Prosecutors demand guilty verdict for Brussels museum shooter

Prosecutors formally demand guilty verdict against man accused of murdering four people at the Jewish museum in Brussels in 2014.

Arutz Sheva Staff,

Entrance of the Jewish Museum in Brussels
Entrance of the Jewish Museum in Brussels
Reuters

Prosecutors on Tuesday formally demanded a guilty verdict against a Frenchman accused of murdering four people in a "violent and savage" killing spree at the Jewish museum in Brussels in 2014, AFP reported.

At the end of a two-day closing summary, prosecutor Bernard Michel urged the jury to find Mehdi Nemmouche, 33, guilty of four counts of "terrorist murder" over the May 2014 attack in which all four victims were coldly shot in the head with either a handgun or a Kalashnikov.

The jury is expected to give its verdict on March 7 before deliberating over what sentence Nemmouche should serve if found guilty.

In his summing up, Michel said Nemmouche, who allegedly fought for jihadist groups in Syria, was "not simply radicalized but ultra-radicalized".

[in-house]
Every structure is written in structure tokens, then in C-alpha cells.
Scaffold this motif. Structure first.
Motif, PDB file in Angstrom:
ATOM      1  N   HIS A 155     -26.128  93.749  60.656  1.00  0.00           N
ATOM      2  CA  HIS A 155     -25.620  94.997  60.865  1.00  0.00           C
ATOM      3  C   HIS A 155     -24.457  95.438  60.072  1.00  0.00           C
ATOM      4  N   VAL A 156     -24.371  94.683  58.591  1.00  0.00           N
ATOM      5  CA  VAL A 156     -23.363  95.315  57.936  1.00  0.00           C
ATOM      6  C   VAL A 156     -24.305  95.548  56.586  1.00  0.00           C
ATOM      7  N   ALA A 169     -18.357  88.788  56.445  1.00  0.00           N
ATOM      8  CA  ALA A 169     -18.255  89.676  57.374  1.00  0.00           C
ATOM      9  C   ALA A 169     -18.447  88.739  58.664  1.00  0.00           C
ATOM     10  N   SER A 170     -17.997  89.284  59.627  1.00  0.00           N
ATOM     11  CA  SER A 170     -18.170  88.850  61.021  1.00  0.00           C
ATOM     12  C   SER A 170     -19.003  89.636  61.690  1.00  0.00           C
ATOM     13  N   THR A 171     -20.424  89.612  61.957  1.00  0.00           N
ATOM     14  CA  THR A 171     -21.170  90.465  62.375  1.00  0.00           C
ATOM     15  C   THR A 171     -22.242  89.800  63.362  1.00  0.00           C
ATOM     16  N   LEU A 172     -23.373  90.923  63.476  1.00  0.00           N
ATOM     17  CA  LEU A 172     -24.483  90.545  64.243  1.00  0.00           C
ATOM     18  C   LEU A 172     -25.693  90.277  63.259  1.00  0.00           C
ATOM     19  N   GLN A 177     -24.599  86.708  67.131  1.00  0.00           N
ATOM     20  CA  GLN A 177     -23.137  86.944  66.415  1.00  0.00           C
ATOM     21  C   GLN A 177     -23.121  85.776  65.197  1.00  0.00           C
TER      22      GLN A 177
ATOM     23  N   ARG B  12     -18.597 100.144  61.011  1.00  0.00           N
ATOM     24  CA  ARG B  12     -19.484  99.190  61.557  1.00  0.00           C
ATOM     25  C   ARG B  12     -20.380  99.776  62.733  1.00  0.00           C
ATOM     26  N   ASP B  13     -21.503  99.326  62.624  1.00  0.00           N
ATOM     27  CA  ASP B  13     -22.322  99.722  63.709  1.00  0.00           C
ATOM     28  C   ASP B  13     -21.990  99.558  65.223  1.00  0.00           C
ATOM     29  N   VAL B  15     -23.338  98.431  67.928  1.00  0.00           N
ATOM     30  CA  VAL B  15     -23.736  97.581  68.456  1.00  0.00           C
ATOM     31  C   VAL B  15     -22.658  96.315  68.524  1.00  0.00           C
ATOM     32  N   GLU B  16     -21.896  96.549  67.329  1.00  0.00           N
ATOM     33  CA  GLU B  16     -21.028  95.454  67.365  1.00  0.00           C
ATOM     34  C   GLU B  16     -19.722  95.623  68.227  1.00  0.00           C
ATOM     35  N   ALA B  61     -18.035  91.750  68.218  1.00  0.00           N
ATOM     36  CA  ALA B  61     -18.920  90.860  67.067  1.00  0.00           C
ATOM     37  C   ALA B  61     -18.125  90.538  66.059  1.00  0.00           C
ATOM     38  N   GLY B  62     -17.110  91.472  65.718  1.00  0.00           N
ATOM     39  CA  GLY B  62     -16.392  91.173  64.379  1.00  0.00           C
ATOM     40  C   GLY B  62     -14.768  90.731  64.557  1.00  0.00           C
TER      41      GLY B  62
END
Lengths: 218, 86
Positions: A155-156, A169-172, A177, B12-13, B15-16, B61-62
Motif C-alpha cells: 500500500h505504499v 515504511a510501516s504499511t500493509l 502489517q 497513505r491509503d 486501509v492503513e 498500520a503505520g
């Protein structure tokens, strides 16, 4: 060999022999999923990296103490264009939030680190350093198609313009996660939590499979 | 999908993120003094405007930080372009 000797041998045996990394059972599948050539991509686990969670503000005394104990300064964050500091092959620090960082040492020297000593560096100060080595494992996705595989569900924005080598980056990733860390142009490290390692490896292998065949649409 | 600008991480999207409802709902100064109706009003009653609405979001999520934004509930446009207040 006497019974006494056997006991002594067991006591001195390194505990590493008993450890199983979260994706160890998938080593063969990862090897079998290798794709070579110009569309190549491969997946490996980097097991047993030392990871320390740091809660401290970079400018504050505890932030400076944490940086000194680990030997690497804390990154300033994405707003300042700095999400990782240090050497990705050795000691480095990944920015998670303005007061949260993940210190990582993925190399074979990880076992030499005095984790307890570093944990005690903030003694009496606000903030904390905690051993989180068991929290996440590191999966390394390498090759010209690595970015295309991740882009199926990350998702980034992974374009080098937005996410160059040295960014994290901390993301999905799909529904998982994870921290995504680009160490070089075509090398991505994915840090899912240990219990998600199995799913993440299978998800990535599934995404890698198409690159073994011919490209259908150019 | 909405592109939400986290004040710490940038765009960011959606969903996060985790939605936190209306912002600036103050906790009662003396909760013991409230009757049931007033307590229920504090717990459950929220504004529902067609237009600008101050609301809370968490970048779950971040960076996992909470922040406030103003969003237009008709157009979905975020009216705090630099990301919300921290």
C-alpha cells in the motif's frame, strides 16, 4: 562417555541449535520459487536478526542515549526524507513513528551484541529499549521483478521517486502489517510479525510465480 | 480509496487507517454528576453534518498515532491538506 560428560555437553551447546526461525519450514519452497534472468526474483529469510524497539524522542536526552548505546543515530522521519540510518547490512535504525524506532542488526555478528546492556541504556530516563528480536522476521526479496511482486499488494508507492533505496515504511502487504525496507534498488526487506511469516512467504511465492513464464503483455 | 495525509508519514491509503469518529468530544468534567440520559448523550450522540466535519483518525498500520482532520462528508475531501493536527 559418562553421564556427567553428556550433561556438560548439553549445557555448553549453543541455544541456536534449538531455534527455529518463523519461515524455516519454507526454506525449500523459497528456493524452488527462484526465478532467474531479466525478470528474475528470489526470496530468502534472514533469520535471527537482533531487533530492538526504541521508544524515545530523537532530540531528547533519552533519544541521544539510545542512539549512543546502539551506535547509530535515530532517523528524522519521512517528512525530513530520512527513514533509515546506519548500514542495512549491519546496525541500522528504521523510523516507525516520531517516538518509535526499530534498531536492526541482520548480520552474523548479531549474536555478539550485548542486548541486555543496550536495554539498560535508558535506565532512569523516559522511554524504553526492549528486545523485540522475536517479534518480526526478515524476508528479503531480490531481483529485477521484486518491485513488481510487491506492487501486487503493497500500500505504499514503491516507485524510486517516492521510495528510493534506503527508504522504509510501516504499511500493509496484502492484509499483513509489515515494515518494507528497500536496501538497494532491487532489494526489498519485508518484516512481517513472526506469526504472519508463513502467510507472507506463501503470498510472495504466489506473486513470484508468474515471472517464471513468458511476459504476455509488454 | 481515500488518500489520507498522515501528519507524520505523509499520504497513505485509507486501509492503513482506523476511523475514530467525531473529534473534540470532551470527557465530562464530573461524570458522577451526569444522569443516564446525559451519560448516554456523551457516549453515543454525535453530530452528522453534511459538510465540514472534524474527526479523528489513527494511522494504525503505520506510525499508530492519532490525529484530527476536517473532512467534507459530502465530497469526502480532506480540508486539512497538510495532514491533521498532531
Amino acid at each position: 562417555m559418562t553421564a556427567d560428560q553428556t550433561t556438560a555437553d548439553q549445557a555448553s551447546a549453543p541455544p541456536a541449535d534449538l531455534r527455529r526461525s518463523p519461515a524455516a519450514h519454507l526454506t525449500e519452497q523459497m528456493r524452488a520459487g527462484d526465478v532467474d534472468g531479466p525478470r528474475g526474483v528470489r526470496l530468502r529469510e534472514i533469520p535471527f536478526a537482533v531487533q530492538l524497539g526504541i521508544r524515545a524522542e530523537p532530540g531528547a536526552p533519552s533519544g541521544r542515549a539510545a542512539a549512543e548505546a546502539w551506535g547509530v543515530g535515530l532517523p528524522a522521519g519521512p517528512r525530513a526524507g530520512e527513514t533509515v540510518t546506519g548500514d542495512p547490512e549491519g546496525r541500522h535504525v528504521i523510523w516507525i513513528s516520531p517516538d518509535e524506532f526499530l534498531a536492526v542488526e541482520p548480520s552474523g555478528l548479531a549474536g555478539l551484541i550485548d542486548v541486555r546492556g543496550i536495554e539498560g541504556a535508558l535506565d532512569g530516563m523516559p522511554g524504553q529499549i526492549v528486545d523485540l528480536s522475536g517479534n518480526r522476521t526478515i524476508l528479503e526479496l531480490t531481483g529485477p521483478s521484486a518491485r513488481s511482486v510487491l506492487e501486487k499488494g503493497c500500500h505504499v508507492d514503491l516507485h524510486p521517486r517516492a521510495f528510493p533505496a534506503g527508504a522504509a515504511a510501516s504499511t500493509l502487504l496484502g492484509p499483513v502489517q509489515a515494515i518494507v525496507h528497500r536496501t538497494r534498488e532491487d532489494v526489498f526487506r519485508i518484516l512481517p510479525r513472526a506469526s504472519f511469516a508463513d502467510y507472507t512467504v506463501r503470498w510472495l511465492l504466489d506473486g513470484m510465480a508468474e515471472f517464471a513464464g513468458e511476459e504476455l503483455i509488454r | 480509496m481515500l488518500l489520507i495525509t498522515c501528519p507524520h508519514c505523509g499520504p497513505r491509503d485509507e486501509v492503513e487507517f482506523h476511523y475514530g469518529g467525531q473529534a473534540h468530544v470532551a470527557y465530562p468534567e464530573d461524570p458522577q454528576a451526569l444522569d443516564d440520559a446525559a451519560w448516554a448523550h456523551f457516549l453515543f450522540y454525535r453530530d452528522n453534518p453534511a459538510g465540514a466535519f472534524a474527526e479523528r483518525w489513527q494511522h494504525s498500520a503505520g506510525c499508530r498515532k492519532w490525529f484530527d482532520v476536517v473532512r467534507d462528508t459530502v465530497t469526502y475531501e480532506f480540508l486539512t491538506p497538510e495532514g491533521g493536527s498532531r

"If attacking a museum with a combat weapon is not violent and savage then nothing will ever be violent and savage. We are looking at one of the most serious possible crimes," Michel said, according to AFP.

"For the killer, for Mehdi Nemmouche, the identity of the victims mattered little. The aim was simply that there should be victims. Everything was premeditated."

Prosecutors accuse Nemmouche of carrying out the first attack in Europe by a jihadist returning from fighting in Syria. The Brussels killings came 18 months before the November 13, 2015, Paris attacks which left 130 dead.

Nemmouche was arrested six days after the May 24, 2014 attack in the southern French port city of Marseille and sent to Belgium two months later, where he faces trial at an unspecified date in the future.

After his arrest, reports surfaced that Nemmouche had been planning to launch a terror attack along the Champs Elysees, the Fifth Avenue of Paris, on France’s biggest national holiday.

In 2016, a Belgian court backed the eventual extradition of Nemmouche to France, where he is suspected of being among the captors of four French journalists who were kept hostage in Syria.

Before the attack on the Jewish museum, Nemmouche is said to have fought in Syria as part of a jihadist faction.

Aside from denying his guilt over the course of a seven-week trial which began on January 10, Nemmouche has said almost nothing in the dock since the first day.

Nemmouche is being tried along with fellow Frenchman Nacer Bendrer, a petty criminal from Marseilles who is accused of supplying the weapons for the attack.

Bendrer has denied any role in the 2014 shootings and said he was not a jihadist.

Michel urged the jury to find Bendrer guilty of being Nemmouche's accomplice.




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